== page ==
Example: your email address, name, pages you like, ads you click, etc.

Third-party data is information that’s collected by an entity that doesn’t have a direct relationship with consumers. This data is normally compiled by specialist firms who pay websites to collect information about their visitors. This data is then used to piece together detailed profiles about users’ tastes and behaviors as they browse the Internet.

Example: an advertising tracker will place a cookie on your browser and see where you go so you see ads for things you want. (Maybe those shoes?)

Second-party data is the newcomer to the scene. It is essentially first-party data that another party obtains directly from the source. This data isn’t given away directly—it usually is obtained through a direct relationship with another entity. Deals can be made between publishers or a Data Management Platform (DMP). Or simply between two parties who could benefit from each other’s first-party data.

Example: a pet store sharing data with a veterinarian, who both have similar clients.

The Wider Scope of Your Data

Collecting and dealing with all that information requires a wide range of different players. Data brokers earn their living by helping advertisers and publishers manage their own first-party data, as well as selling them more data about users.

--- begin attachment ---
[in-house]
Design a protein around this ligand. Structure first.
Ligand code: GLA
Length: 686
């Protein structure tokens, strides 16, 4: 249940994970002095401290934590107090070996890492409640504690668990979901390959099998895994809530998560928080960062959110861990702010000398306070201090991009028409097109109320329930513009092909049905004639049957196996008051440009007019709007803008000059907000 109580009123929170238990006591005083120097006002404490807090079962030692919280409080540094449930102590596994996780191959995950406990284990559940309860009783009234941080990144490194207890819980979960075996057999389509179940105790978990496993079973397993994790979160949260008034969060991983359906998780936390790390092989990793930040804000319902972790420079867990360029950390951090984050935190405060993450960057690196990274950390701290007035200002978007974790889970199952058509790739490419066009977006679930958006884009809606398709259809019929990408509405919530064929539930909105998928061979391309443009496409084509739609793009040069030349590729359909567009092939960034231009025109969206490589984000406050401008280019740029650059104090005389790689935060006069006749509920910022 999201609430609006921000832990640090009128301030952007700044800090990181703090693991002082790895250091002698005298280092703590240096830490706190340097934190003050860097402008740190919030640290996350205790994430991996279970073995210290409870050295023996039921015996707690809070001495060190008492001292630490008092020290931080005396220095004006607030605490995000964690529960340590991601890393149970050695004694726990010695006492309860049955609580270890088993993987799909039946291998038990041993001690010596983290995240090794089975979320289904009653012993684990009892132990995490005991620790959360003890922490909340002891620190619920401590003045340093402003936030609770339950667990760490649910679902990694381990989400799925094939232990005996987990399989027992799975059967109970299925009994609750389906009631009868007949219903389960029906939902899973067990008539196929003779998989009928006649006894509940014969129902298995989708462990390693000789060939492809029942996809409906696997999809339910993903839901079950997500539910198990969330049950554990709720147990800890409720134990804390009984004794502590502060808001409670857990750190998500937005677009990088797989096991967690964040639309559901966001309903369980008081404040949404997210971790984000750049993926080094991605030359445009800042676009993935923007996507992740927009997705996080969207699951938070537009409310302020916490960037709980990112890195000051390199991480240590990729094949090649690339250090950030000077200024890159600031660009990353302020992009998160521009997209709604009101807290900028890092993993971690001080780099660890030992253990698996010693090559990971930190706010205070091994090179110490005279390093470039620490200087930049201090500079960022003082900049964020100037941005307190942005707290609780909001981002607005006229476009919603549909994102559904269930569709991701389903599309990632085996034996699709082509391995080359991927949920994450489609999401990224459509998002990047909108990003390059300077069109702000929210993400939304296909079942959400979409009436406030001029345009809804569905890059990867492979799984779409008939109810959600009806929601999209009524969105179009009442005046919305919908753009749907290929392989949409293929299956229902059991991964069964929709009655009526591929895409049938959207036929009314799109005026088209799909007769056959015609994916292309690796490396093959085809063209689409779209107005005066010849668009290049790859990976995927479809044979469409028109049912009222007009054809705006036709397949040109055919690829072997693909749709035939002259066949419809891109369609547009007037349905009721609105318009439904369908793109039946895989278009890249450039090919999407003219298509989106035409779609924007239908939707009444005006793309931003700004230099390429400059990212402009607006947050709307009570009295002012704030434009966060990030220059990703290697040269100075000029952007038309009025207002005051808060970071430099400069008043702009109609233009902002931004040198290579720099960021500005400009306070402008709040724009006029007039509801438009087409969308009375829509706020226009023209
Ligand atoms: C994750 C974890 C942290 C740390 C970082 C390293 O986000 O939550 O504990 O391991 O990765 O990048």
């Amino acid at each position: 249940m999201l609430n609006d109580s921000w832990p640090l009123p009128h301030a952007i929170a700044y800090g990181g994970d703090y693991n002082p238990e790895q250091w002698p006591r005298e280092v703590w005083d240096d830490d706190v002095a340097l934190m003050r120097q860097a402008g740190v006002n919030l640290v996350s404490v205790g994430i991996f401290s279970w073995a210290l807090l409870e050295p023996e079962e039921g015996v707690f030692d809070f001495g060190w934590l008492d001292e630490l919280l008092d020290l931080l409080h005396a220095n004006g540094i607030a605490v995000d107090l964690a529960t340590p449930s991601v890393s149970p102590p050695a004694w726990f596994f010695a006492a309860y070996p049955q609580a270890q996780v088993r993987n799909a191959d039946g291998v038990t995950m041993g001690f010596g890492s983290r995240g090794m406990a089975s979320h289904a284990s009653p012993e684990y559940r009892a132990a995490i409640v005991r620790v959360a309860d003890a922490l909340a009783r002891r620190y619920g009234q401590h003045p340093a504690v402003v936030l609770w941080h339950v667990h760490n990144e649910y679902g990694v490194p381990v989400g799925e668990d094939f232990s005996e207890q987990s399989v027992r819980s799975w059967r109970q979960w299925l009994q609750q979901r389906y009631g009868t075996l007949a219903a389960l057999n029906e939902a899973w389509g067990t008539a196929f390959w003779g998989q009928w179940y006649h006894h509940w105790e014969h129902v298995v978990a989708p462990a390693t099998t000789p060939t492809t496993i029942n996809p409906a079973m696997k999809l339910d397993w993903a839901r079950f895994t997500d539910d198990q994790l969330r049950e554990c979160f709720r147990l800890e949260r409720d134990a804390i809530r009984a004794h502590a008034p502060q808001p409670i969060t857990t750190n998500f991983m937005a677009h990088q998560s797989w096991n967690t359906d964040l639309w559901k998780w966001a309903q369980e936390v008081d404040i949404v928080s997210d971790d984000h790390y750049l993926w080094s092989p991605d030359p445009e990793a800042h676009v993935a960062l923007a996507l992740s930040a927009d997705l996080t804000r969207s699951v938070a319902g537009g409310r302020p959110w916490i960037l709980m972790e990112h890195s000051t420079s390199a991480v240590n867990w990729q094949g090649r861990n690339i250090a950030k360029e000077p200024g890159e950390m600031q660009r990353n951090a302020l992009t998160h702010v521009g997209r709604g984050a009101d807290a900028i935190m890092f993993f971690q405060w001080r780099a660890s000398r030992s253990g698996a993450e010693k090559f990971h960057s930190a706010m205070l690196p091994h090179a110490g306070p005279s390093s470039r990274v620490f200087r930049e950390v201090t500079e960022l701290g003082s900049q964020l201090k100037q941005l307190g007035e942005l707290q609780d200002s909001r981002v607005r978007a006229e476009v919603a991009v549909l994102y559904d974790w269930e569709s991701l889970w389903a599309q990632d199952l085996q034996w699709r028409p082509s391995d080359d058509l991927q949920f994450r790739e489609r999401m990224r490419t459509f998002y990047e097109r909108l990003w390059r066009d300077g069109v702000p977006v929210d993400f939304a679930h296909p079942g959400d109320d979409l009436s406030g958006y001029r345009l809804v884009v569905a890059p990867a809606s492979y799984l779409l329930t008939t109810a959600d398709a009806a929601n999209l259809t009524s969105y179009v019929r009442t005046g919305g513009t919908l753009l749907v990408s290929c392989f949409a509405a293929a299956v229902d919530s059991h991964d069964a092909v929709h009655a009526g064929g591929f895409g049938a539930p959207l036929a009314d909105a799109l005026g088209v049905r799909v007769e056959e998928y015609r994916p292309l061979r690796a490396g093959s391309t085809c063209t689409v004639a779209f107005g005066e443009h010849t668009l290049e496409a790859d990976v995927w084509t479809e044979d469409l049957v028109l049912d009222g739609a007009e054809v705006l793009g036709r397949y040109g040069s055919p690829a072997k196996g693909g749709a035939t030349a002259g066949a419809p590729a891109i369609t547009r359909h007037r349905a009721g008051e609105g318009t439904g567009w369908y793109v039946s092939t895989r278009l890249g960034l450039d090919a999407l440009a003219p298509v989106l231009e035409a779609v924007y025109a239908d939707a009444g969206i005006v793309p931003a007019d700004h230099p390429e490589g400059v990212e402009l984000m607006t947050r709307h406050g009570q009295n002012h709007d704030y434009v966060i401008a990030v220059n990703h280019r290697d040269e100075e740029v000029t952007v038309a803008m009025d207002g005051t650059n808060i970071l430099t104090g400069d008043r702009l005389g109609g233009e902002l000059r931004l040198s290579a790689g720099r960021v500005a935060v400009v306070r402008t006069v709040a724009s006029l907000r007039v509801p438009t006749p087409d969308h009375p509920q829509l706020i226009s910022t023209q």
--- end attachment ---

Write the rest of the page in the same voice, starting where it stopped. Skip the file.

“Companies stress that they do not know users’ names. But they identify them by numbers, and as they build up detailed profiles about those numbered users, there is concern that the information might be traced to individuals.”

– The Economist

All this data is divided into segments defined by location, device, marital status, income, job, shopping habits, travel plans and many other factors. These segments are then are then auctioned off to buyers of ad space in real time.

While data sharing can lead to products and services that make your life easier, more entertaining, economical or even informational, it is important to be aware of your data. So, whether it’s your first-, second- or third-party data, it is important to understand where your data goes, and how it is used.

Sources

http://www.economist.com/news/special-report/21615871-everything-people-do-online-avidly-followed-advertisers-and-third-party

https://hbr.org/2015/05/customer-data-designing-for-transparency-and-trust

https://www.wired.com/insights/2015/03/internet-things-data-go/